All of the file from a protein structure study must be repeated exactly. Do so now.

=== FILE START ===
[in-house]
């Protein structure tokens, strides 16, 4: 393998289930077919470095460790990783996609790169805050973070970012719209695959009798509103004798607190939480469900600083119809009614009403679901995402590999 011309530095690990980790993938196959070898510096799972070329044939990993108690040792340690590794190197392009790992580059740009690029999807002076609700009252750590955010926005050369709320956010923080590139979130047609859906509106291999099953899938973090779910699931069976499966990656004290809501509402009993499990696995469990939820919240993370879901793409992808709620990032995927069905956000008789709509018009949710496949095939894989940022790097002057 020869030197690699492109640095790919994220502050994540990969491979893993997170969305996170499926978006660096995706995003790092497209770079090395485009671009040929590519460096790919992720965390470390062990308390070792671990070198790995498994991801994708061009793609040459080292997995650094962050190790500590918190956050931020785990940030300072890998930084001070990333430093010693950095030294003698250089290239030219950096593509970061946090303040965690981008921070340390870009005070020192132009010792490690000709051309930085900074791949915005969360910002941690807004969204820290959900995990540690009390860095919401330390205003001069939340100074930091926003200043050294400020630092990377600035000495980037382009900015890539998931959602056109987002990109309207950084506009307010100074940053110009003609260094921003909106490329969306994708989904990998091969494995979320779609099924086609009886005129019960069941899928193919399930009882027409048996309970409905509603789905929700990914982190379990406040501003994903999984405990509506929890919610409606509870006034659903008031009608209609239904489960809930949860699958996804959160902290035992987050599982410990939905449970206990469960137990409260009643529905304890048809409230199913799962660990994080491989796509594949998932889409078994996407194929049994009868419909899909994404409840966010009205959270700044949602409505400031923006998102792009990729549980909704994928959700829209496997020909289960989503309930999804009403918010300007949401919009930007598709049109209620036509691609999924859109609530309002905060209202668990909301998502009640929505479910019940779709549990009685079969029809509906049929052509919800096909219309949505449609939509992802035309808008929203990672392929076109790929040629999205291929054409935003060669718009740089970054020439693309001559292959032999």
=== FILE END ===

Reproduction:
[in-house]
């Protein structure tokens, strides 16, 4: 393998289930077919470095460790990783996609790169805050973070970012719209695959009798509103004798607190939480469900600083119809009614009403679901995402590999 011309530095690990980790993938196959070898510096799972070329044939990993108690040792340690590794190197392009790992580059740009690029999807002076609700009252750590955010926005050369709320956010923080590139979130047609859906509106291999099953899938973090779910699931069976499966990656004290809501509402009993499990696995469990939820919240993370879901793409992808709620990032995927069905956000008789709509018009949710496949095939894989940022790097002057 020869030197690699492109640095790919994220502050994540990969491979893993997170969305996170499926978006660096995706995003790092497209770079090395485009671009040929590519460096790919992720965390470390062990308390070792671990070198790995498994991801994708061009793609040459080292997995650094962050190790500590918190956050931020785990940030300072890998930084001070990333430093010693950095030294003698250089290239030219950096593509970061946090303040965690981008921070340390870009005070020192132009010792490690000709051309930085900074791949915005969360910002941690807004969204820290959900995990540690009390860095919401330390205003001069939340100074930091926003200043050294400020630092990377600035000495980037382009900015890539998931959602056109987002990109309207950084506009307010100074940053110009003609260094921003909106490329969306994708989904990998091969494995979320779609099924086609009886005129019960069941899928193919399930009882027409048996309970409905509603789905929700990914982190379990406040501003994903999984405990509506929890919610409606509870006034659903008031009608209609239904489960809930949860699958996804959160902290035992987050599982410990939905449970206990469960137990409260009643529905304890048809409230199913799962660990994080491989796509594949998932889409078994996407194929049994009868419909899909994404409840966010009205959270700044949602409505400031923006998102792009990729549980909704994928959700829209496997020909289960989503309930999804009403918010300007949401919009930007598709049109209620036509691609999924859109609530309002905060209202668990909301998502009640929505479910019940779709549990009685079969029809509906049929052509919800096909219309949505449609939509992802035309808008929203990672392929076109790929040629999205291929054409935003060669718009740089970054020439693309001559292959032999």